Beginner rock guitar lessons for n00bs and rusty rockers
Value priced rockin' guitars!
Epiphone Guitars is a company that has a very rich history of competition, failure and success. It's another example of a guitar company that at one point operated in Japan (and maybe picked up the "low quality" label) but has stood the test of time.
The company began in Manhattan, New York at the turn of the 20th Century. Anastasios Stathopoulo began building violins, lutes and traditional Greek lioutos in 1873 in Greece. He then moved to Turkey, where by 1890, he was so well known for his instruments he was able to open an instrument factory.
Unfortunately, by 1903 the Turks were persecuting Greek immigrants, so Anastasios moved his family to New York. He would build and sell instruments on the first floor, with the family residence upstairs. Mandolins were all the craze at this time, and Anastasios was well prepared to supply the demand for the instrument. He did very well financially, but passed away suddenly in 1915.
His son Epimanondas (known as 'Epi') took charge of the business in at the age of 22. Fortunately, he had a good head for business and an eye towards future trends and changing times. By 1917, the mandolin was getting less popular, so Epi started making and developing banjos.
Jazz was also coming into its own, and Epi worked to align the company designs to accommodate the new musical trend.
By 1923, the company went through a reorganization and became Epiphone. It wasn't until the late 20's that Epiphone guitars became a part of the product line. The first line, known as the Recording series, did not have much success against guitars made by the Gibson Company. Epi looked at his competition and made the necessary changes to go head-to-head in the marketplace.
Epiphone guitars enjoyed a healthy competition (well, rivalry) with Gibson through the 1930's. During this time, they were considered some of the best in the world and had many famous players of the day endorsing Epiphone guitars. Interestingly enough, Les Paul happened to be one of them!
World War II brought an end to the company's momentum. For one, guitar production in the US stopped in favor of wartime manufacturing. Also, Epi died of leukemia during World War II, leaving the company without a visionary leader in place to take over. Two of his younger brothers inherited the company, but they didn't get along well and the quality of the brand began to suffer.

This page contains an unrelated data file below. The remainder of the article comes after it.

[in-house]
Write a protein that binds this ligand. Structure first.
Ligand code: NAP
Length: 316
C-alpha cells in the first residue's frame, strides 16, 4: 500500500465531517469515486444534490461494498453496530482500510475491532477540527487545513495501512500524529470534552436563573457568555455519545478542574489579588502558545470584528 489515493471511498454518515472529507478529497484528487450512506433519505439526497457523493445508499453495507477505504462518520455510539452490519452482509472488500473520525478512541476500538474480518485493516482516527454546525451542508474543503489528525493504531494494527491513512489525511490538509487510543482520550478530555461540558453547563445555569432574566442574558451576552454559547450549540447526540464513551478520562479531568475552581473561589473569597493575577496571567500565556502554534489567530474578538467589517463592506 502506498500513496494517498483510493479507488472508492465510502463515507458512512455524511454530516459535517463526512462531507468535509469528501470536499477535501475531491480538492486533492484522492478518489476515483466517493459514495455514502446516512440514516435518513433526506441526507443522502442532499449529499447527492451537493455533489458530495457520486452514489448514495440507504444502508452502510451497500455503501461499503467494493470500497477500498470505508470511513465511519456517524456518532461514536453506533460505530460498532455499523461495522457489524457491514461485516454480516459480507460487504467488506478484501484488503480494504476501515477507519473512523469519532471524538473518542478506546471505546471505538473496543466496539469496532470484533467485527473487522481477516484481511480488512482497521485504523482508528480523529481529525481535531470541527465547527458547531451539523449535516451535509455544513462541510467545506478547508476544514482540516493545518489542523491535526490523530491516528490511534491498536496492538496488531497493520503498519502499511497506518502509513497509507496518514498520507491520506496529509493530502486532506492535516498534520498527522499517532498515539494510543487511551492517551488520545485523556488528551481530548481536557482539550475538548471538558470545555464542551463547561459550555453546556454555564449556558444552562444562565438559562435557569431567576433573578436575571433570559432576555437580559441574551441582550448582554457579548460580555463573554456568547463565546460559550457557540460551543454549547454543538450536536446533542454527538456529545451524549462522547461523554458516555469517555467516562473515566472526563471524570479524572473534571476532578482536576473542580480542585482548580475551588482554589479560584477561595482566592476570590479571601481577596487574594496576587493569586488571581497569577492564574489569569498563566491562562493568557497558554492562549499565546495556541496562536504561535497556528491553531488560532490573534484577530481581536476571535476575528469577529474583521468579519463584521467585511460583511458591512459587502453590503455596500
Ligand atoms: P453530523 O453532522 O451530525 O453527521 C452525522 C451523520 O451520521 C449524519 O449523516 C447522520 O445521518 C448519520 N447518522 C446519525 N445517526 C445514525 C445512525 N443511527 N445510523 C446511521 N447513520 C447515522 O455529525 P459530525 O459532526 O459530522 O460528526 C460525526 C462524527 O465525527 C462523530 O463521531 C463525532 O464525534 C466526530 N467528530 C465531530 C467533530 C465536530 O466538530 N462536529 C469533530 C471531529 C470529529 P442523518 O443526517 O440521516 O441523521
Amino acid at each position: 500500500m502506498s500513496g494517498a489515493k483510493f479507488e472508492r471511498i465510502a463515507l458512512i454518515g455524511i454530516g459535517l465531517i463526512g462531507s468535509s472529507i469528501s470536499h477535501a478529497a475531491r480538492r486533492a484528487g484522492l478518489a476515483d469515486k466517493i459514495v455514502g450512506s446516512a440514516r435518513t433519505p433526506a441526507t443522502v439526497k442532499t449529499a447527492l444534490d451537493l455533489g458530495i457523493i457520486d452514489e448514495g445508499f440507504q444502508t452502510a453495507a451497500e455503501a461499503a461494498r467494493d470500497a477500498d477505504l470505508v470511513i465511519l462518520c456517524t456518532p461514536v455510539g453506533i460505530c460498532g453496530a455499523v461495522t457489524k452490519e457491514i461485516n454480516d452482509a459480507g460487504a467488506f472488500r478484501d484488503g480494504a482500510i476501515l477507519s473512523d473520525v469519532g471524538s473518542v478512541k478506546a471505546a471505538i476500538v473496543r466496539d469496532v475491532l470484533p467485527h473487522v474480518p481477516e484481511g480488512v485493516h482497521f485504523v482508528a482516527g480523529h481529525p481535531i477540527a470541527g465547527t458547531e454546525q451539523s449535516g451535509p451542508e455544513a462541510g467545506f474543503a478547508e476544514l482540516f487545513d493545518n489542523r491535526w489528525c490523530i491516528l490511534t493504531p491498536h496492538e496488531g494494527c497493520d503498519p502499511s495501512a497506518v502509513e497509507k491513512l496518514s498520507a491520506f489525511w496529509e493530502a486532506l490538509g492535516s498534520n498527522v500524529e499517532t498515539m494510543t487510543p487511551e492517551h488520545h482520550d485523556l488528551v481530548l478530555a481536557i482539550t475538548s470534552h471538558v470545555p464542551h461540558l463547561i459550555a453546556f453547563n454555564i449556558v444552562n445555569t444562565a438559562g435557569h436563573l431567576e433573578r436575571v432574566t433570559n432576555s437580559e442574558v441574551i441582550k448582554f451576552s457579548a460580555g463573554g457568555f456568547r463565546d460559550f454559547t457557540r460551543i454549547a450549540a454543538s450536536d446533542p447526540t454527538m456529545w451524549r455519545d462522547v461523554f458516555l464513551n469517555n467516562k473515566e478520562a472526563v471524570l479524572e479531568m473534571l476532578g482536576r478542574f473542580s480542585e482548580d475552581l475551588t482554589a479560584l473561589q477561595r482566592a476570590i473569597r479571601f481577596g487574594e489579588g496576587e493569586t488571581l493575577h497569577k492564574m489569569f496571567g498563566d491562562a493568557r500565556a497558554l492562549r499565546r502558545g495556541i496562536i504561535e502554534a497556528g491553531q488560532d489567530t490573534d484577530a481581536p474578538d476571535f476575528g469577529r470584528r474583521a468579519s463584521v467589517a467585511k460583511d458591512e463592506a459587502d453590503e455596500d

By the late 50's, Epiphone guitars was a shell of what it had been prior to the war. Gibson was made an offer to buy part of the business, and they snapped up the chance. At this time, Gibson decided to revive Epiphone by using it to provide low cost versions of Gibson's popular models. This worked to get Epiphone on track to be on top again. But the drama wasn't over...
The 60's were a time of great possibilities for Epiphone. With folk music and The Beatles hitting the scene (and playing Epi's), Epiphone guitars were once again in high demand. Pick up the rest of the history of Epiphone guitars.
Due to the fact that Gibson owns and operates Epiphone, many of the artists that play Gibson Signature guitars end up having a clone signature Epiphone. Not to that Epiphone guitars do not have their own artist lines as well, but check this out.
Slash has his signature Les Paul models in both the Gibson and Epiphone brands. Clearly this helps out those of us with less cash in pocket. We get essentially the same axe for a lot less money.
Typically the same materials and hardware are used, but Epiphones are made overseas, so labor costs are a lot lower.
Other rockers with Epiphone signature models have included John Lennon, Paul McCartney, Zakk Wylde (Ozzy Osbourne and Black Label Society) and Tom Delonge (Blink-182 and Angels and Airwaves).
There's also a very long list of musicians that have used Epiphone guitars during their careers. See if you recognize some of these:
Yeah, I think you get the picture.
So why should you consider buying an Epiphone? If you've fallen in love with a Gibson model that's gonna cost you over a grand of your hard-earned cash, there's a good chance there's an Epi that will fit the bill for a lot less moolah ($$$).
For example, take the Gibson Explorer 1958. With a street retail price of $1400, you'll enjoy a classic guitar with a modern look. Compare that to the Epiphone 1958 Korina Explorer for $500. With the Epi, you save yourself $900 for essentially the same guitar. Yeah, the Gibson uses mahogany rather than korina wood on the Epiphone, but the characteristics are similar enough to satisfy all but the biggest tone snobs. And truthfully, the original Gibson Explorers (and Flying Vs) were made using korina as well.
You can get Les Pauls, SGs, Flying Vs, ES-335s, even Firebirds in Epiphone models. These are all excellent alternatives to expensive models, certainly much more reachable for new guitarists learning to play rock guitar. There's also exclusive Epiphone models like the Wilshire, the Prophecy and the Goth Series. And let's not forget the Zakk Wylde ZV Custom, looking like a freak-of-nature cross between a Flying V and an SG.
Epiphone guitars used to go through the same quality control inspections as Gibson guitars before they ended up on the sales floor. Each guitar coming from Asia to the US would go through a 15-point inspection at the Gibson headquarters in Nashville, TN. before heading out to the stores. Not sure if that's true for guitars sold outside the US, or if this is still in practice.
You can get a glimpse of the 2020 models on the Epiphone homepage.
Epiphone guitars have come a long way, with a very interesting history and a lot of ups and downs. If you are looking for good quality guitars that are reasonably priced, I'd recommend an Epiphone. You'll get to take advantage of the classic Gibson designs without having to pay the Gibson prices. Epiphone guitars are solid instruments for every rock player.